The recent lockout at 29 West Coast ports, followed by President Bush's invoking of the Taft-Hartley Act forcing workers back on the job, may foreshadow trouble for other unions.
Claiming that labor unions were working too slowly after their contract expired in July, the Pacific Maritime Assns., which represents terminal operators, locked out 10,500 members of the International Longshore and Warehouse Union on September 29. The collateral damage of the 10-day lockout was enormous, with estimates of $1-billion to $2-billion losses daily to the nation's economy.
According to labor-management observers, each side hunkered down because they deemed their bargaining positions as equally strong. Both sides knew they could dig their heels in because of the monopoly nature of West Coast ports — business could not go elsewhere. But the fact that this was a lockout by management, instead of a strike called by labor, seems to indicate that management felt its position may have been slightly stronger.
Was the dispute so severe that the two sides couldn't have worked a little harder to reach an agreement, or was it unnecessarily pushed to a climax by management and then backed up by the Bush Administration?
Many in the labor camp believe it's the latter. “This is union busting,” says Edward Fier, president of the IUE-CWA, the International Union of Electronic, Electrical, Salaried, Machine and Furniture Workers-Communications Workers of America. “If he can get away with this, it's open season for other employers to use the same tactics that Reagan did in 1981 when he fired the unionized air traffic controllers,”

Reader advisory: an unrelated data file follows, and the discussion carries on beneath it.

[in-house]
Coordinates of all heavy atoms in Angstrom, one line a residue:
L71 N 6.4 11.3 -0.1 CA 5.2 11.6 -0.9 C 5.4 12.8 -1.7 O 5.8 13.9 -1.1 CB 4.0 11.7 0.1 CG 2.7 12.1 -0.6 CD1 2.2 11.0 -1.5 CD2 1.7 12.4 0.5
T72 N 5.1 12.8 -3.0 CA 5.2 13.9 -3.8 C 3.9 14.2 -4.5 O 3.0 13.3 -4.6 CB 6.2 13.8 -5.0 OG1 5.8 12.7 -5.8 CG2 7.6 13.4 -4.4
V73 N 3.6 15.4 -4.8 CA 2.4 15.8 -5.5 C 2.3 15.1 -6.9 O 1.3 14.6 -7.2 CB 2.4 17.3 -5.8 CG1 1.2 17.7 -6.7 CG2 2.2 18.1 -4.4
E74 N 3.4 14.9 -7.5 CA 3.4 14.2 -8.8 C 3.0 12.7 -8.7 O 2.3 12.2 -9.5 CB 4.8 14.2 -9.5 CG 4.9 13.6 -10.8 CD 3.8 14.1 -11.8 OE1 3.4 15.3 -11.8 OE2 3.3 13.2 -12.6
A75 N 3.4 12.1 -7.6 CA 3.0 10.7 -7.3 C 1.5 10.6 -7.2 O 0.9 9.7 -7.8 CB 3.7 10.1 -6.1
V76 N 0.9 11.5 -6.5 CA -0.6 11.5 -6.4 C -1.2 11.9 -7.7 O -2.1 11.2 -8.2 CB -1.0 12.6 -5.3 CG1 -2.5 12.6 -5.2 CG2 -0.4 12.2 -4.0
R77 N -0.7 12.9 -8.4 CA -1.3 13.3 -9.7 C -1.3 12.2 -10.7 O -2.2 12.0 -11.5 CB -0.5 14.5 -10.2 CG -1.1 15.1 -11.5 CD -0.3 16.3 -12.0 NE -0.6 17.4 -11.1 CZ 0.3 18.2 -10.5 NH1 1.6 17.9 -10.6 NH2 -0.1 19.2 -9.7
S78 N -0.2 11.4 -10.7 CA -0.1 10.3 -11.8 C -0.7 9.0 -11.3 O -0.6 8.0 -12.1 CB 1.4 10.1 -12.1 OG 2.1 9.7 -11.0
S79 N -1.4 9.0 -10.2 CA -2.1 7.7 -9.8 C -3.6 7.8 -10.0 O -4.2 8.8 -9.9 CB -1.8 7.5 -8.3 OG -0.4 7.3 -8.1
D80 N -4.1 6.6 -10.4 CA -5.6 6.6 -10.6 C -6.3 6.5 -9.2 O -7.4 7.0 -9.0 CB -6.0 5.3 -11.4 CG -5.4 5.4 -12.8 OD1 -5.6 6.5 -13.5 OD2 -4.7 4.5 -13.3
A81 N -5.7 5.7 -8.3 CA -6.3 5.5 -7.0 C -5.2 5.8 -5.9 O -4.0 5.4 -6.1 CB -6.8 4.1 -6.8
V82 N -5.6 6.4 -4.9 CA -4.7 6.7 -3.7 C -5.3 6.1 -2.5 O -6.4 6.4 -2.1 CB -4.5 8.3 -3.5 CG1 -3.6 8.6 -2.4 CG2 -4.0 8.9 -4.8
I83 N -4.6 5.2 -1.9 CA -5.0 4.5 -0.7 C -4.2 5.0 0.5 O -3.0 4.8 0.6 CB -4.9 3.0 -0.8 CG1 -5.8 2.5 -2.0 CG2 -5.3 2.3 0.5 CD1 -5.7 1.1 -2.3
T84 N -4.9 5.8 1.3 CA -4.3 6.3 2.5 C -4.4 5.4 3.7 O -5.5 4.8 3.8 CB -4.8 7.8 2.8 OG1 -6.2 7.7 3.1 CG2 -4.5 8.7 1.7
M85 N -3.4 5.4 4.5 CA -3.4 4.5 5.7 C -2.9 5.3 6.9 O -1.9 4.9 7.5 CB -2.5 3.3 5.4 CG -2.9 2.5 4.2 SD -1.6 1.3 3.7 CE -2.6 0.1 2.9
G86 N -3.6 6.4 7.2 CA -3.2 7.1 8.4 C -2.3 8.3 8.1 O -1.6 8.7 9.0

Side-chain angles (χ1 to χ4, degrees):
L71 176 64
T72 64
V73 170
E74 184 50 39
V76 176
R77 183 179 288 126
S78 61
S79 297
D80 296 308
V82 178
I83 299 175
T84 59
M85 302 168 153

“The port situation was not insoluble,” adds Bill Barry, director of Labor Studies at the Community College of Baltimore County. “These were routine issues that should have been negotiated out.”
The issues were centered on the control of workers in an age of new technology. West Coast ports are woefully behind their counterparts overseas, especially in Asia. At the Port of Oakland, for example, clerks confirm incoming cargo deliveries with clipboards and some computers instead of scanning bar codes like workers at other ports. The clerks hand slips of papers to drivers telling them where to bring their loads. Crane operators load containers on ships, and drivers are given new slips of paper, which they hand to clerks upon exiting the port.
Management says that optical readers could cut these transactions from one hour or more down to 15 or 20 min., which would improve overall productivity. Oakland's output is less than 3,000 containers per acre of port space and Los Angeles/Long Beach about 4,000. Compare this to computerized ports in Asia: the KaoHsiung facility on Taiwan handles 19,000, Singapore 18,000, and Hong Kong 13,000.
Adding to the union's woes is the attitude of the general public. To many, union workers in this dispute appear to be obstructionists — and their case is not helped by lofty salaries. Clerks make up to $160,000 a year for relaying slips of paper.
Union officials says they are not opposed to new, more efficient technology; they simply want control over the workers who scan the bar codes and run the computer equipment.
The port lockout story doesn't bode well for other unions largely because of the administration's use of Taft-Hartley, which is perceived as a union-busting tactic. “The implications for unions are ominous,” says Barry.
Despite a favorable contract reached in August between the Teamsters and UPS — the largest wage and benefit increases in the company's history — it will be tough going for union negotiators. Teamster officials refused to comment on how the port lockout would affect upcoming talks, but Barry notes: “This is a club over the head of union negotiators as it concerns the Master Freight Agreement.”